Located in SoHo, this pedestrian path was originally named ‘Alexander Terrace’ after the owner of the property that the road belonged to. However, a clerical error resulted in the name being written backwards – hence, ‘Rednaxela Terrace.’
Stone Nullah Lane
Passersby in Wan Chai unfamiliar with this Anglo-Indian word might wonder: ‘What’s a nullah?’ It turns out, that the word nullah is of Hindi origin and refers to a ravine or narrow valley through which a stream of water flows. This street refers to a stream that used to come down from the hill where Ruttonjee Hospital sits.
Beacon Hill Road
In the 17th century, the Qing Emperor Kangxi ordered that all villages down the South China coast be evacuated and burned in order to fight the anti-Qing rebellion under the leadership of the pirate Koxinga. The modern residential area of Beacon Hill in Kowloon Tong was so named because a garrison, called a beacon, was established to enforce this decree.
Tai Koo Shing Road
Tai koo (太古), literally meaning ‘too ancient,’ is the Chinese name for the Swire Group, a British conglomerate that owns large swaths of property in Asia. Legend has it that John Samuel Swire, the founder of the company, visited China in around 1870 and noticed a Lunar New Year poster bearing the phrase dai gat dai lei (大吉大利), meaning ‘great luck and great profit.’ Swire took a liking to the phrase, but when he returned to his office to write down his company’s new Chinese name, he wrote the characters dai gat (大吉) incorrectly, and ended up with tai koo (太古) instead.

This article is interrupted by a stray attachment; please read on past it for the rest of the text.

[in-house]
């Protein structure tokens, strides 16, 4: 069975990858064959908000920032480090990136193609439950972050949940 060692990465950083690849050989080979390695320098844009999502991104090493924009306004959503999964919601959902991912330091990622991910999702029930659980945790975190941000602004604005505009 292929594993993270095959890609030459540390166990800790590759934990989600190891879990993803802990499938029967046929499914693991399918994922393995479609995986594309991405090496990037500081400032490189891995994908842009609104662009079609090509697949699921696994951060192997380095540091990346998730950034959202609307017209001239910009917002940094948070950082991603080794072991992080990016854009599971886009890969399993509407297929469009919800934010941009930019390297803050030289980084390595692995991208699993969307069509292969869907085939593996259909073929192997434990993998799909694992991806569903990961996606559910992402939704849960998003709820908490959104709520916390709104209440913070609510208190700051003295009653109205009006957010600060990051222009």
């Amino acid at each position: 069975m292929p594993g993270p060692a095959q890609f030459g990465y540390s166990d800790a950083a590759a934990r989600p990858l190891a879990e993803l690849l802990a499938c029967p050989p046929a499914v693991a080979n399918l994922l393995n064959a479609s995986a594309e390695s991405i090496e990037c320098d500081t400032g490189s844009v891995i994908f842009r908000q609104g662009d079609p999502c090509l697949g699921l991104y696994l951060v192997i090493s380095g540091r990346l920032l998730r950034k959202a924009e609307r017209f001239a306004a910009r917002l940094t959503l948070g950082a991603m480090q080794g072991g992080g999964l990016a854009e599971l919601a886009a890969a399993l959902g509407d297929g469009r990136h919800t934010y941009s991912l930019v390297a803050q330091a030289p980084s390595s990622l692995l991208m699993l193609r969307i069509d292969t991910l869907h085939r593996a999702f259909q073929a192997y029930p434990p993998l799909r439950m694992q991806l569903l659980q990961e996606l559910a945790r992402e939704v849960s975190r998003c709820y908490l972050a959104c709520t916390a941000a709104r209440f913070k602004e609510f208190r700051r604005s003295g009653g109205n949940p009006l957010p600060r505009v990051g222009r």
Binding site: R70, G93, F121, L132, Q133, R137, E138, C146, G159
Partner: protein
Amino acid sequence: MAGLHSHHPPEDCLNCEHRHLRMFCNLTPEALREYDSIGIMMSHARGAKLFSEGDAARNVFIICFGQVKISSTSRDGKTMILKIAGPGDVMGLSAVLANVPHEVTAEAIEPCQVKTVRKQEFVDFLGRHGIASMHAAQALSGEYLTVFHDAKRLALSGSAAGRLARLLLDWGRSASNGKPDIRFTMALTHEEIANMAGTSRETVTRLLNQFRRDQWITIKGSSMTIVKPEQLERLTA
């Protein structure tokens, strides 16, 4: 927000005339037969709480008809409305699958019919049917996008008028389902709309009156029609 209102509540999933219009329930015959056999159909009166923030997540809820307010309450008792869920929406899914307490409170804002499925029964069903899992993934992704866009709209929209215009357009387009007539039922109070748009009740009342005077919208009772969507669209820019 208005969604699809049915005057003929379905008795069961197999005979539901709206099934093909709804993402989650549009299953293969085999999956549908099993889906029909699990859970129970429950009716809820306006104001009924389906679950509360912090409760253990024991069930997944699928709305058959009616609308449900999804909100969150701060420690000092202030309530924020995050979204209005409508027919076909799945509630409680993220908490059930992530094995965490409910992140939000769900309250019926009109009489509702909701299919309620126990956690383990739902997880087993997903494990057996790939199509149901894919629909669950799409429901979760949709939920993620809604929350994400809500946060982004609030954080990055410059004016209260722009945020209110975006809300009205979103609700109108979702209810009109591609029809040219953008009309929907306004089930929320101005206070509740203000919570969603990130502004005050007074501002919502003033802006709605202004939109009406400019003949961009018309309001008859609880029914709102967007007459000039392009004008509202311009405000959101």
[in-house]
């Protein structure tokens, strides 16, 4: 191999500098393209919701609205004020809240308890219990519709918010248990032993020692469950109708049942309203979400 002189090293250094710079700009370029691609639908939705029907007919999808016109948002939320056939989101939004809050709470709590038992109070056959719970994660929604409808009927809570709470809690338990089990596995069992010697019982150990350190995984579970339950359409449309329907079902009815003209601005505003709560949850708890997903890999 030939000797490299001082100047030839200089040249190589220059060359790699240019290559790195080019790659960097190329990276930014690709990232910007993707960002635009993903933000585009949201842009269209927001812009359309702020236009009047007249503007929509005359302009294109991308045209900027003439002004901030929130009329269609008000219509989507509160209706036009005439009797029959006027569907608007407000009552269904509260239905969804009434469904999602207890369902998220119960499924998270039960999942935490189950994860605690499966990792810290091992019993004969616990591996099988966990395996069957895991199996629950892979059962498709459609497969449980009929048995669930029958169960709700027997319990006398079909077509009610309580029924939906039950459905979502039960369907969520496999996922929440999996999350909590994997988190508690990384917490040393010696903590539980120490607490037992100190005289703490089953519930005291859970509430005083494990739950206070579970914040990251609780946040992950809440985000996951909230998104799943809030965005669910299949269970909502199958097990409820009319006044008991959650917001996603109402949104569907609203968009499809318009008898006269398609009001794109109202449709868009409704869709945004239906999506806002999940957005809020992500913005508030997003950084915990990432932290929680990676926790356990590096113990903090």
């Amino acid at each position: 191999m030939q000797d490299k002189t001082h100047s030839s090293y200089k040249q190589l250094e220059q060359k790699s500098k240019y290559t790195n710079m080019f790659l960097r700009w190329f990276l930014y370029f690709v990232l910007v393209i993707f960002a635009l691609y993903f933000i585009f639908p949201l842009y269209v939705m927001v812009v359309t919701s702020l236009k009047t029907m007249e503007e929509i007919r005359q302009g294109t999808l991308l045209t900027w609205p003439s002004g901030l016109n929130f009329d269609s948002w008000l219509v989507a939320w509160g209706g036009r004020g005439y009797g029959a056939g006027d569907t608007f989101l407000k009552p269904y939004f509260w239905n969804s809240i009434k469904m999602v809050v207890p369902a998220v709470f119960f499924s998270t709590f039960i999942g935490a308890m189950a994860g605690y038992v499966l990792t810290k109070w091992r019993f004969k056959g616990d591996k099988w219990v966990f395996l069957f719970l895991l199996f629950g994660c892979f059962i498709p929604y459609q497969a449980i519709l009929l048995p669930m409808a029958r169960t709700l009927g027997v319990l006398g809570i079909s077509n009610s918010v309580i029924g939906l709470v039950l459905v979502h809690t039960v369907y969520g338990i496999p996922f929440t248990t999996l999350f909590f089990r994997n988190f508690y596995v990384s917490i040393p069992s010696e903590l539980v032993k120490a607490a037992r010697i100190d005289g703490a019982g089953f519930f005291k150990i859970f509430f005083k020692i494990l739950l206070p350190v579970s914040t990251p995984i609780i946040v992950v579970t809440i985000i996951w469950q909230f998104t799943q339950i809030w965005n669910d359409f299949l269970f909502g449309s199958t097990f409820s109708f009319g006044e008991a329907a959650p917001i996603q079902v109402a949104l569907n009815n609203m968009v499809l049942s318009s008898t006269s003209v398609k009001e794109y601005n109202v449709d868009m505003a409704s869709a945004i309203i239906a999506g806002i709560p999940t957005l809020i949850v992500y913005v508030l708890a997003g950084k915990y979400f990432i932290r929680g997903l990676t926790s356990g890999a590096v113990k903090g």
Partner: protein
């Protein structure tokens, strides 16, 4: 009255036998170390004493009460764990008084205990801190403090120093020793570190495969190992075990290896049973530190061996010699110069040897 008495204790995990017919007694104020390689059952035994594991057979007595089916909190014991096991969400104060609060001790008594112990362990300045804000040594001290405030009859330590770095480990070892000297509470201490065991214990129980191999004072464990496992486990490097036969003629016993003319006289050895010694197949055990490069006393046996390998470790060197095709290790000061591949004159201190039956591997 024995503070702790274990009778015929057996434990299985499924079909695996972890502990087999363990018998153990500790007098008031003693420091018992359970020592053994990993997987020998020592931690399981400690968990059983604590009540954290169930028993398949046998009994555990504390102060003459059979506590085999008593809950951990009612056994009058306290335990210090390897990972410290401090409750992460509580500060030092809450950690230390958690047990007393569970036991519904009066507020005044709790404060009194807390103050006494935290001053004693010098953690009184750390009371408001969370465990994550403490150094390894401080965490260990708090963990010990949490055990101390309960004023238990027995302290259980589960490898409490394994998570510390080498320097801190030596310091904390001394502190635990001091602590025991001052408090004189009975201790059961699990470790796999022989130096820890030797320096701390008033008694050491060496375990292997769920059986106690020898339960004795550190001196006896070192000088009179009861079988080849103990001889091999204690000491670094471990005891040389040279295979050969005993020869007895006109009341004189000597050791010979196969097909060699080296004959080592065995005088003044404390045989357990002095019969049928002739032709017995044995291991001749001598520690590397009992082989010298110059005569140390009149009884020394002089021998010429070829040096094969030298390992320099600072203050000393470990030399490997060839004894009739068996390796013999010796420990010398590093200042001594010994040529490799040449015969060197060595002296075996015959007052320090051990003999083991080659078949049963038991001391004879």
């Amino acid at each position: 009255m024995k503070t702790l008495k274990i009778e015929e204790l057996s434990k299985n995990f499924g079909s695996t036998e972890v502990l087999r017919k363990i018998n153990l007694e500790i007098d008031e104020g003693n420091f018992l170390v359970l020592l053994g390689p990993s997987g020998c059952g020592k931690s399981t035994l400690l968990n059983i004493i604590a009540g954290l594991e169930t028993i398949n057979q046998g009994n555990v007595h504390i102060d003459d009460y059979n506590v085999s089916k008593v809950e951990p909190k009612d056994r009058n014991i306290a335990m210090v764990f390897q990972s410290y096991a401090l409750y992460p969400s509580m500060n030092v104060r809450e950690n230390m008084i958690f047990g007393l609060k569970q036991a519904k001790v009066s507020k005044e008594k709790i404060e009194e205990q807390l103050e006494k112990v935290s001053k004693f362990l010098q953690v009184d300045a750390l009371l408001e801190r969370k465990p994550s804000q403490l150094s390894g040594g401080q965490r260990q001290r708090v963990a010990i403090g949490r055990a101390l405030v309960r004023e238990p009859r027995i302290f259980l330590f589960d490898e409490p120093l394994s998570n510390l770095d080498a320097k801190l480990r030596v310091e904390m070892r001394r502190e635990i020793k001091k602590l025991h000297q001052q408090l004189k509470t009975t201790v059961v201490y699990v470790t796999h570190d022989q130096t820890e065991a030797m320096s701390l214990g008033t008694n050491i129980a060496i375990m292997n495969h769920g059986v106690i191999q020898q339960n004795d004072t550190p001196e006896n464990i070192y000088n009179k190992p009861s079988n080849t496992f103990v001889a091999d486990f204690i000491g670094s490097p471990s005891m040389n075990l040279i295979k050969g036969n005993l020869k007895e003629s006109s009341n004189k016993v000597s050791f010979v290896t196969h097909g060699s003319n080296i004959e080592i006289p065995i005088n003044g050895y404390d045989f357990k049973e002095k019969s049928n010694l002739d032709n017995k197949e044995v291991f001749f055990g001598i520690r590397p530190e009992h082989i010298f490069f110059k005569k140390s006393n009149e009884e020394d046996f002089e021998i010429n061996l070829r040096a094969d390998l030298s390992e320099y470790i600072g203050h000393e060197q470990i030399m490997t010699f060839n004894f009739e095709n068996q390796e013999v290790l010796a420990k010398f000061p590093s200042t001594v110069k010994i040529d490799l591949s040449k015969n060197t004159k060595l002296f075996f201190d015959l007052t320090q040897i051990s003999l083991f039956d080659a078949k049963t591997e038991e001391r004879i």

The oldest road in Kowloon and one of Hong Kong’s major thoroughfares, Nathan Road was built in the 1860s and was originally named Robinson Road, after Hercules Robinson, the fifth governor of Hong Kong. In 1909, its name was changed to Nathan Road, after Sir Matthew Nathan, the 13th governor. During his tenure as governor, Nathan made major steps to establish Hong Kong’s central urban planning and reconstruction policies.
New Praya Kennedy Town
This street on the Kennedy Town waterfront has the interesting quirk of containing the word praya, a Portuguese term which was imported into Hong Kong from Macau, and which means ‘a road built next to a seawall.’
Running between Des Voeux Road and Queen’s Road Central, this street was named in 1887 to commemorate the 50th anniversary of Queen Victoria’s reign, also known as her Golden Jubilee.
Electric Street and Electric Road
Electric Street in Wan Chai and Electric Road in North Point are both named after power plants built by Hongkong Electric. In 1913, the North Point power plant was built to replace the one in Wan Chai, although it didn’t begin operation until 1919 due to World War I.
Lan Kwai Fong
Filled with clubs, bars and restaurants, Lan Kwai Fong is Hong Kong’s most popular nightlife district. There are a few competing stories as to how Lan Kwai Fong (蘭桂坊) got its name. It literally means ‘orchid cinnamon square’ but loosely translates to ‘street filled with orchids and fragrances.’ One story has it that the area was named after the street hawkers and flower shops that dominated the area prior to World War II. However, another story says that it was named for being a red-light district for British soldiers in the colony’s early days. Locals dubbed the area Lan Gwei Fong (爛鬼坊), or ‘rotten ghost place.’ In this context, gwei, meaning ‘ghost,’ is short for gweilo, a derogatory term for Caucasians.